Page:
Intellectual Property and Cultural Diversity: Two Views on the Relationship Between Market and Culture
Intellectual Property Law and Policy Journal, No. 26, 2010
Posted: 10 Sep 2009 Last revised: 19 Oct 2013
Date Written: September 8, 2009
This article scrutinizes the two main approaches to the role of intellectual property as a means of protection and promotion of cultural diversity in order to check their efficiency and impact on cultural diversity on the local, regional and global level. On the one side, the group of countries led by the United States advocates a free market approach without any state intervention. On the other side, the remaining countries, among them France and Canada, search for some form of protecting their domestic cultural industries against the dominance of foreign multinational enterprises in their national markets. The main aim of this Article is to draw attention to the sometimes overlooked drawbacks of each currently advocated solution. By identifying the weak points of both approaches, the Article attempts to point out their innate shortcomings and the necessity of preventing their negative consequences in order to efficiently achieve the adequate protection and promotion of cultural diversity. The Article concludes by stressing the importance of striking an appropriate and adequate balance between granting individual intellectual property rights on the one side and state interventions, such as screen quotas, taxes, subsides or other types of redistributive mechanisms and schemes, on the other, in searching for an efficient cultural policy to protect and promote cultural diversity on the local, regional and international level.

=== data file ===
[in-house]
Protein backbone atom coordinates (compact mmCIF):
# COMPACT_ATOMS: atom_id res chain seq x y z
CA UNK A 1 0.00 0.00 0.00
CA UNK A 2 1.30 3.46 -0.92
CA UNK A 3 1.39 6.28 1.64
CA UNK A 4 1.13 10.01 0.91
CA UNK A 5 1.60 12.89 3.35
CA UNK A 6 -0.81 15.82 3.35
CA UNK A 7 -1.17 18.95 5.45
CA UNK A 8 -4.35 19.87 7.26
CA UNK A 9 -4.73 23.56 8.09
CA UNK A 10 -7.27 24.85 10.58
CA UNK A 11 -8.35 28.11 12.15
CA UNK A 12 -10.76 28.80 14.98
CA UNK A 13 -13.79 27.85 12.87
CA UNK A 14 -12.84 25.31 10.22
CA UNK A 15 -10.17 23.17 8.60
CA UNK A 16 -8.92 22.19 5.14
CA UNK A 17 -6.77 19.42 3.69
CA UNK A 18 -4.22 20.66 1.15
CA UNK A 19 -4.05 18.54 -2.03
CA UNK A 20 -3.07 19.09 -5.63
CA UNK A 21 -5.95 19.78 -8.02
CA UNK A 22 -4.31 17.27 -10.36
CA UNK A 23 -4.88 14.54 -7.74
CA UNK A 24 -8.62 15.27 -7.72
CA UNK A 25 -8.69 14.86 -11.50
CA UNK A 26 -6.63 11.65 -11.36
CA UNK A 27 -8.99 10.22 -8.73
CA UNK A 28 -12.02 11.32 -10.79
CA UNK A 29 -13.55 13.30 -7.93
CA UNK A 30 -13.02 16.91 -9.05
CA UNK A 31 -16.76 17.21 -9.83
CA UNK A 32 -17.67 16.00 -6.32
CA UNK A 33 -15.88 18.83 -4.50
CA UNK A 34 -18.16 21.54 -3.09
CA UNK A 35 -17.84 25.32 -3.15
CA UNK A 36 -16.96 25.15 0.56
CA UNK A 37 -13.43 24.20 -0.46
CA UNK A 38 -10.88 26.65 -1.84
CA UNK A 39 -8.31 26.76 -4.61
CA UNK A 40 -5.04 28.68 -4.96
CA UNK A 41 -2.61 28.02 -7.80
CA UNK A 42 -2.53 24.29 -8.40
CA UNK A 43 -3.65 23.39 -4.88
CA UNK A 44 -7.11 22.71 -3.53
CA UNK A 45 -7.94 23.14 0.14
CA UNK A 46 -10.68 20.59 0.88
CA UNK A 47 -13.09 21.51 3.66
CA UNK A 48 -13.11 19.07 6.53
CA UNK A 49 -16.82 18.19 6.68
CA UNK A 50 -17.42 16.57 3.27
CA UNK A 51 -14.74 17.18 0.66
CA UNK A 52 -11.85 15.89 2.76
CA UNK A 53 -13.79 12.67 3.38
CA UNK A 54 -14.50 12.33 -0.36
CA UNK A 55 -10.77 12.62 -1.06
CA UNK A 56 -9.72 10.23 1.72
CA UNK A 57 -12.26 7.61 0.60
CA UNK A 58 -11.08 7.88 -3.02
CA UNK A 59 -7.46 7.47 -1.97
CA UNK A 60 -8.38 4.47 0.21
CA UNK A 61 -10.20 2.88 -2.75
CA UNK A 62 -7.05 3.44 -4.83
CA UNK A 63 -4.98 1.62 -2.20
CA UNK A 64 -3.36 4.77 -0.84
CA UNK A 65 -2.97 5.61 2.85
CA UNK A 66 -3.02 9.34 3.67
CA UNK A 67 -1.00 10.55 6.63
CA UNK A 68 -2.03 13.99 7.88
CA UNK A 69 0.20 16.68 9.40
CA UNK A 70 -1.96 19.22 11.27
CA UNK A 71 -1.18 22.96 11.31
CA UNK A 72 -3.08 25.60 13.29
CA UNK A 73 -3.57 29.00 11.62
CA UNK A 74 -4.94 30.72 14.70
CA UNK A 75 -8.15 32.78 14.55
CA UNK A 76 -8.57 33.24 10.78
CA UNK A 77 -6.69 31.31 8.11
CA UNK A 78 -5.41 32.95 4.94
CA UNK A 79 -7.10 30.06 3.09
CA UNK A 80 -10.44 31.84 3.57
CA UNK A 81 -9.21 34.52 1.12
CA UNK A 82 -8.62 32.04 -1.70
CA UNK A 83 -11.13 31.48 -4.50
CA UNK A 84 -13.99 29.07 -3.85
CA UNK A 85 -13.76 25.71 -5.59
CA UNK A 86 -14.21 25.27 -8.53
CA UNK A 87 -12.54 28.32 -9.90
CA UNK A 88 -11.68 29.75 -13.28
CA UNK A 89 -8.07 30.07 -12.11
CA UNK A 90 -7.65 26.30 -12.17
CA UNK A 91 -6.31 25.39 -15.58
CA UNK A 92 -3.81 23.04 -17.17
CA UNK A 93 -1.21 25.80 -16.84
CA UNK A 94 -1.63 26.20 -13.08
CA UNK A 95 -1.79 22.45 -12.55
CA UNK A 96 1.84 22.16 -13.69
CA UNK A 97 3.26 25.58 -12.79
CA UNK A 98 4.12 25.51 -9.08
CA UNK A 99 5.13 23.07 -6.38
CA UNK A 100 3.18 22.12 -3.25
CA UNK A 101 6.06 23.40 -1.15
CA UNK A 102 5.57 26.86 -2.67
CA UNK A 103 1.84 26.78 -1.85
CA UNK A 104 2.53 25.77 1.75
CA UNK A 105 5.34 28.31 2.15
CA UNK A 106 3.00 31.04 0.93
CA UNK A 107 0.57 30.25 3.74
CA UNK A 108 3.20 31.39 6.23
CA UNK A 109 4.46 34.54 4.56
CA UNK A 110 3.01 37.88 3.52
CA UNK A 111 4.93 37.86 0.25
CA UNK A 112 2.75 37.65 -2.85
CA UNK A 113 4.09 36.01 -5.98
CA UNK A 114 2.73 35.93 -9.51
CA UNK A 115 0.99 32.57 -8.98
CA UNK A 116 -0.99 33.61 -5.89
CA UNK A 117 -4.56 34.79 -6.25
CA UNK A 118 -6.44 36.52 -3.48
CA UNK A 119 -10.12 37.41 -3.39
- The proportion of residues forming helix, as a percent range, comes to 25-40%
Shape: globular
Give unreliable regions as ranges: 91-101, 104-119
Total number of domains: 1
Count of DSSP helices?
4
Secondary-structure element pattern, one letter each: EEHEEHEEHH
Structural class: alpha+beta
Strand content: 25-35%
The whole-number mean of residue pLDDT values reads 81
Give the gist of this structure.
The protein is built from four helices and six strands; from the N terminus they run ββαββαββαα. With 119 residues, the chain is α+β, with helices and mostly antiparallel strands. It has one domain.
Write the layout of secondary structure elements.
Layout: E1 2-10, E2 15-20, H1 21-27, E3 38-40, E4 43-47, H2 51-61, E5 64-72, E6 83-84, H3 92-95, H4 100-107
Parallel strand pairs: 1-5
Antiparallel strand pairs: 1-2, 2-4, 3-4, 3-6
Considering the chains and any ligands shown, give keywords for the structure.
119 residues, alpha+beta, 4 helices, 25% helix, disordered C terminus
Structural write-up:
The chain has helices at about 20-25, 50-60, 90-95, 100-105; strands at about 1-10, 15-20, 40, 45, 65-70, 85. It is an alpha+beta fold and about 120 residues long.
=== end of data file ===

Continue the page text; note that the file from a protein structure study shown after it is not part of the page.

Keywords: cultural diversity, intellectual property, copyright policy, cultural policy, Convention on the Protection and Promotion of the Diversity of Cultural Expressions
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